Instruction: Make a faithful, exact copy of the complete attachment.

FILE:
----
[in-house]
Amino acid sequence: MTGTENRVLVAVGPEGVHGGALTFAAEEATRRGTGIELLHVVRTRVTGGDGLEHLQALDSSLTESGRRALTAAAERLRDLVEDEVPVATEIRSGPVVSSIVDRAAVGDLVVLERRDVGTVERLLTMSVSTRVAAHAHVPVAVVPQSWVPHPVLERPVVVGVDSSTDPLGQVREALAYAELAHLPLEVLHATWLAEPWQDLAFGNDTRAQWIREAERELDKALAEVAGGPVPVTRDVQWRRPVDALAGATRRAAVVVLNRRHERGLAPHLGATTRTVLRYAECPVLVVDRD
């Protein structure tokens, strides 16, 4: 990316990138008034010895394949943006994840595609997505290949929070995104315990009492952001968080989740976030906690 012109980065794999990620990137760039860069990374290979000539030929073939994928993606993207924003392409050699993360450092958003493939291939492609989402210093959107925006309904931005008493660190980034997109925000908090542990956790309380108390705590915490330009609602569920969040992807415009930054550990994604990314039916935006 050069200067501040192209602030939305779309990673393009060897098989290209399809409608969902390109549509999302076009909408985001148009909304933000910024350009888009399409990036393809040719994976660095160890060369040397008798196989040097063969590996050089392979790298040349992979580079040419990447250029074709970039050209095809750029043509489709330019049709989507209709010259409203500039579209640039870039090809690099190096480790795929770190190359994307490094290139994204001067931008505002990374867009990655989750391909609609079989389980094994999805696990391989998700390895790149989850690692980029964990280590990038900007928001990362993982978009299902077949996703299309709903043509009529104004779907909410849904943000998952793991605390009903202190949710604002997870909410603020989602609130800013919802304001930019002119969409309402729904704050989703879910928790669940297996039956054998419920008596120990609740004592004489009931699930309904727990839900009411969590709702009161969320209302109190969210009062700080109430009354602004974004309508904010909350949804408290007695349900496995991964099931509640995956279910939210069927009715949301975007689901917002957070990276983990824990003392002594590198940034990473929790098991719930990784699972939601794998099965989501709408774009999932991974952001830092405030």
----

[in-house]
Amino acid sequence: MTGTENRVLVAVGPEGVHGGALTFAAEEATRRGTGIELLHVVRTRVTGGDGLEHLQALDSSLTESGRRALTAAAERLRDLVEDEVPVATEIRSGPVVSSIVDRAAVGDLVVLERRDVGTVERLLTMSVSTRVAAHAHVPVAVVPQSWVPHPVLERPVVVGVDSSTDPLGQVREALAYAELAHLPLEVLHATWLAEPWQDLAFGNDTRAQWIREAERELDKALAEVAGGPVPVTRDVQWRRPVDALAGATRRAAVVVLNRRHERGLAPHLGATTRTVLRYAECPVLVVDRD
């Protein structure tokens, strides 16, 4: 990316990138008034010895394949943006994840595609997505290949929070995104315990009492952001968080989740976030906690 012109980065794999990620990137760039860069990374290979000539030929073939994928993606993207924003392409050699993360450092958003493939291939492609989402210093959107925006309904931005008493660190980034997109925000908090542990956790309380108390705590915490330009609602569920969040992807415009930054550990994604990314039916935006 050069200067501040192209602030939305779309990673393009060897098989290209399809409608969902390109549509999302076009909408985001148009909304933000910024350009888009399409990036393809040719994976660095160890060369040397008798196989040097063969590996050089392979790298040349992979580079040419990447250029074709970039050209095809750029043509489709330019049709989507209709010259409203500039579209640039870039090809690099190096480790795929770190190359994307490094290139994204001067931008505002990374867009990655989750391909609609079989389980094994999805696990391989998700390895790149989850690692980029964990280590990038900007928001990362993982978009299902077949996703299309709903043509009529104004779907909410849904943000998952793991605390009903202190949710604002997870909410603020989602609130800013919802304001930019002119969409309402729904704050989703879910928790669940297996039956054998419920008596120990609740004592004489009931699930309904727990839900009411969590709702009161969320209302109190969210009062700080109430009354602004974004309508904010909350949804408290007695349900496995991964099931509640995956279910939210069927009715949301975007689901917002957070990276983990824990003392002594590198940034990473929790098991719930990784699972939601794998099965989501709408774009999932991974952001830092405030």